Sign Up Now to Receive Your FREE Training Series!
You will receive your training series instantly.
100% Privacy. We will never spam you.
Across the country, questions are being raised about how America’s youth will fare once they enter the job market. With the economy in such a poor state, what will happen when these students graduate college and move on to the job search?
Speculation abounds: Will this generation be the first to encounter worse financial hits than their parents did? Yet entrepreneurs are getting started younger and younger, and they’re continuing to prove that starting one’s own business can still be a successful endeavor.
I am 26-years-old and the CEO of a company I started back when I was a junior in college. What started out as a small tutoring business with a few friends eventually became a nationwide company called Varsity Tutors, currently operating in 14 major cities, and helping students with a wide array of subjects such as SAT prep and chemistry tutoring. My hope is that the increasingly younger entrepreneurs will go after their aspirations like I did and end up offsetting some of the negative private sector growth trends our society is facing.
I formed my business as an undergraduate student at Washington University in St. Louis and continued to run it later on, while working in a junior venture capital position. The advice I offer stems from my own experience and I sincerely hope it encourages those with similar ambitions to follow through on them. Formal education is key, but it must be complemented by real-life experiences and insights from those who have personally been through it.
"5 Practical Things Every Entrepreneur Must Know"
Staying focused in college truly keeps you goal-oriented for job prospects. The social aspect in particular provides you with endless opportunities to refine your ability to interact within a wider network, but the educational aspect is crucial. Choose your major carefully; pick something you can pursue with passion so you can further develop your skills for it. If you truly master those skills, you could easily find yourself well ahead of your colleagues and eventually able to start a business based on your specific expertise.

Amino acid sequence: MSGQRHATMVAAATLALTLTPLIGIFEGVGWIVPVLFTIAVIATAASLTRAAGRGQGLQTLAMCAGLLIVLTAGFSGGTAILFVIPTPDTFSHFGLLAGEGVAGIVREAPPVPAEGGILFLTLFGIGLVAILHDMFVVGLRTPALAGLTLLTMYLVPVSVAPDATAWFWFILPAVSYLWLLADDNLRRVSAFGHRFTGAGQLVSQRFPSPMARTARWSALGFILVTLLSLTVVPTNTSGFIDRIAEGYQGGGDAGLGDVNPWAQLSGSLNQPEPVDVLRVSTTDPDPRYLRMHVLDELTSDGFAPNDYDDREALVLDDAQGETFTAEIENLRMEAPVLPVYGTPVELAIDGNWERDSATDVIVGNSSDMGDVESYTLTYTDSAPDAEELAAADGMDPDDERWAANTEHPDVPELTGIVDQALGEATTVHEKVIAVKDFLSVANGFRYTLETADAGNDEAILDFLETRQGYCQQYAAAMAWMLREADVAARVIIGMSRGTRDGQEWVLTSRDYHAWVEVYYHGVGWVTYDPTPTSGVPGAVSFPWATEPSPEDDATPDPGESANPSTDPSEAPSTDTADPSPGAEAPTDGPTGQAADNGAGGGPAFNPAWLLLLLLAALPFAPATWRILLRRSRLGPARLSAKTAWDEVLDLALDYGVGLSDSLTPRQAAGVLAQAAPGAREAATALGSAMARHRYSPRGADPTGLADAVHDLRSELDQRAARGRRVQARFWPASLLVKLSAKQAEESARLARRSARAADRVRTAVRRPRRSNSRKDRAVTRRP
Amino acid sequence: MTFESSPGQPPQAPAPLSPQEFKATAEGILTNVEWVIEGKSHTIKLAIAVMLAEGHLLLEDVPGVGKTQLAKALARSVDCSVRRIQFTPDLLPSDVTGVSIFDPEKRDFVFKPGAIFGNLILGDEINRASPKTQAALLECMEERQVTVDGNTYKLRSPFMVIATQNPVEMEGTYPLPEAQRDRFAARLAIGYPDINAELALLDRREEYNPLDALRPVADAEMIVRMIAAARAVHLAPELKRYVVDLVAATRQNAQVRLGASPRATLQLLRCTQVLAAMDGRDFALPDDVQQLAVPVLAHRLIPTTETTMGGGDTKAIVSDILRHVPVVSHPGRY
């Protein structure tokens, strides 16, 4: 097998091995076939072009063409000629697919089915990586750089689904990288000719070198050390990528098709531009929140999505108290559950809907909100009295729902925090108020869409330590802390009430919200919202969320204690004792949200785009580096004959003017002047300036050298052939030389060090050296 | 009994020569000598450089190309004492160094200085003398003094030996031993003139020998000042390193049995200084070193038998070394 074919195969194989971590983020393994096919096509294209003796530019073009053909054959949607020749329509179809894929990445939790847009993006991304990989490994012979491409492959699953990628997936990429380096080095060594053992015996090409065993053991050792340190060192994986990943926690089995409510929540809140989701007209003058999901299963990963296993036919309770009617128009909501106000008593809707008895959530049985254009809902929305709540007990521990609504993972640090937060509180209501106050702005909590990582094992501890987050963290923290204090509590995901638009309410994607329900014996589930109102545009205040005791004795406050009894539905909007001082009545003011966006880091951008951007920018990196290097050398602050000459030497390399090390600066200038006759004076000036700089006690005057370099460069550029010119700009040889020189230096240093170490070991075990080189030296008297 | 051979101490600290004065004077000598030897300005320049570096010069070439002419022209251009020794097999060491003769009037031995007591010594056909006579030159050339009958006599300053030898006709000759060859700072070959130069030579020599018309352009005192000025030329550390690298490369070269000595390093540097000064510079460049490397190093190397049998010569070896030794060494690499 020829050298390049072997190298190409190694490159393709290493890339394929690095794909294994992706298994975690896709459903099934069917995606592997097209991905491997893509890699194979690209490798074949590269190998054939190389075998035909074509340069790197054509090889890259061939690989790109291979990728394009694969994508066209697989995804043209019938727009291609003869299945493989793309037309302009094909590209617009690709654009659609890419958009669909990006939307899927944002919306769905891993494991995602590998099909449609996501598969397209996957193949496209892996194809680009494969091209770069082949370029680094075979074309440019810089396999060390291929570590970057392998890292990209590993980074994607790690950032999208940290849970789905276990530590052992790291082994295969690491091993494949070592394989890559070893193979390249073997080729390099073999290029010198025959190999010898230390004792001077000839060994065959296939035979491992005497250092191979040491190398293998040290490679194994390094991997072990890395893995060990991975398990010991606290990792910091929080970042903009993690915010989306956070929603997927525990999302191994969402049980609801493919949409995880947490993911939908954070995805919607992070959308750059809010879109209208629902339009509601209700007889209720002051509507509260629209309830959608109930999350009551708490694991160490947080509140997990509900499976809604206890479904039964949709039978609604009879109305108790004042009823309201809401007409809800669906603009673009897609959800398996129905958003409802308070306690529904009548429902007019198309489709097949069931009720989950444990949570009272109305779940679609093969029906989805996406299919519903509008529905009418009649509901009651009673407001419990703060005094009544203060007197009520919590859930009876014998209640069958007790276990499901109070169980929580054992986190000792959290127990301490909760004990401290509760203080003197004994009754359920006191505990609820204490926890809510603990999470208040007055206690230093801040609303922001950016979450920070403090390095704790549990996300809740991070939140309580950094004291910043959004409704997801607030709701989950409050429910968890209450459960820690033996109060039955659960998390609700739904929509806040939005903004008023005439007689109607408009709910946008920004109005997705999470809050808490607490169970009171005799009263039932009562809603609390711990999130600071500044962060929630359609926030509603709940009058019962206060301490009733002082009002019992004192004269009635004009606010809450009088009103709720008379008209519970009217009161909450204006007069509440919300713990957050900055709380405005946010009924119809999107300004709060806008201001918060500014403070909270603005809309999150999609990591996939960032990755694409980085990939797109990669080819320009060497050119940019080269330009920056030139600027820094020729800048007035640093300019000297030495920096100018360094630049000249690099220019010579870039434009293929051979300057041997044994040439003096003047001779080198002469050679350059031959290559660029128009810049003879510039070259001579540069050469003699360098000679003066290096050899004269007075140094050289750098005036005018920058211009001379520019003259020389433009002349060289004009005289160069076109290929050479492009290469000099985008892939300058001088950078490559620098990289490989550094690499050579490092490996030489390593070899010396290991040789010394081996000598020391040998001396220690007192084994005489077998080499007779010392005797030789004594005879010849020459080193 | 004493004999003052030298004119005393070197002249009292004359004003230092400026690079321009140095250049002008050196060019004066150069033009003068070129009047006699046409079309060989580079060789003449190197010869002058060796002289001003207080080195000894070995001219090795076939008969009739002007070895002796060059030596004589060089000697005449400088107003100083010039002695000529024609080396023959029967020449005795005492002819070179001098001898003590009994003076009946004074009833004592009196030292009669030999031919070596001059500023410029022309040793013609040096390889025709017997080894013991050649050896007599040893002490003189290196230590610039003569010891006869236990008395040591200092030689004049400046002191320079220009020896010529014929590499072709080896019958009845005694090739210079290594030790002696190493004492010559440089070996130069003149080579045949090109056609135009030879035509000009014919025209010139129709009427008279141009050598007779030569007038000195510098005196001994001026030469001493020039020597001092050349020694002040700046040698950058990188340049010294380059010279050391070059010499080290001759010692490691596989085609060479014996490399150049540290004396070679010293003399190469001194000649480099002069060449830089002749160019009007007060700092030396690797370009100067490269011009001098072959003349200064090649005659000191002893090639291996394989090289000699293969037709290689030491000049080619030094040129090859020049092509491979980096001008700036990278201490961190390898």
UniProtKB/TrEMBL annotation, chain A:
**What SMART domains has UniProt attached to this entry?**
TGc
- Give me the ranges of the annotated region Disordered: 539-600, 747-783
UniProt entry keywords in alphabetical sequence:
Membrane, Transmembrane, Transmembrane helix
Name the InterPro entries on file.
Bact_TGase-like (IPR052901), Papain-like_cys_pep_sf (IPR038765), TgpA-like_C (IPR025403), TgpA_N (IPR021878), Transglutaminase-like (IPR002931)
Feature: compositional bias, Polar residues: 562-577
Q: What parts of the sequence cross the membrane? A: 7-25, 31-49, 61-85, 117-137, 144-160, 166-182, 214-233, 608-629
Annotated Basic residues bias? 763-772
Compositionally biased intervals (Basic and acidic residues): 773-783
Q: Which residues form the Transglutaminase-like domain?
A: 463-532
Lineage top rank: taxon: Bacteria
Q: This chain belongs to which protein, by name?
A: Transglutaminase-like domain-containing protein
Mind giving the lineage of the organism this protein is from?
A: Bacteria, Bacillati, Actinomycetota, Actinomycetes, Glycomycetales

I studied my preferred major in school, but my greatest learning experience came from outside of the classroom. Upon graduation, I continued to build upon my education through both of my jobs – working in finance by day, and running my tutoring business on the side. I believe it is unlikely that I could have been successful with my tutoring business had I not gained both academic and real-world experience first.
Parents can encourage their kids to take formal education seriously, but there is another level of understanding that’s critical to entrepreneurship. A student can only learn so much in a classroom – what’s going to help them genuinely absorb the necessary information is a more demanding, hands-on experience.
These extra elements learned outside the classroom became the main inspiration behind my company. We knew this information was valuable, we knew the service was not yet offered, and we knew it was something students would pay for. We also sought reputable entrepreneurs who could give insider tips. They gave do-it-yourself examples and the honest guidance needed to create a thriving business.
Sustainable success is not spoon-fed, it’s not earned solely in a classroom vacuum, nor experience alone. Aspiring youth must both study hard and seek input from those who have been entrepreneurs themselves. Ultimately, real experience can offer the reasoning and comprehension necessary get your feet off the ground. Once you gain knowledge from all these invaluable lessons, you can confidently begin your entrepreneurship journey.
Combined with a formal education, these lessons will help lay the foundation for future success before you even start looking for jobs. Begin learning the tricks of the trade while simultaneously earning a higher education, and you will undoubtedly be ahead of the game at a younger age. Others may not do as well as their parents’ generation – but you can.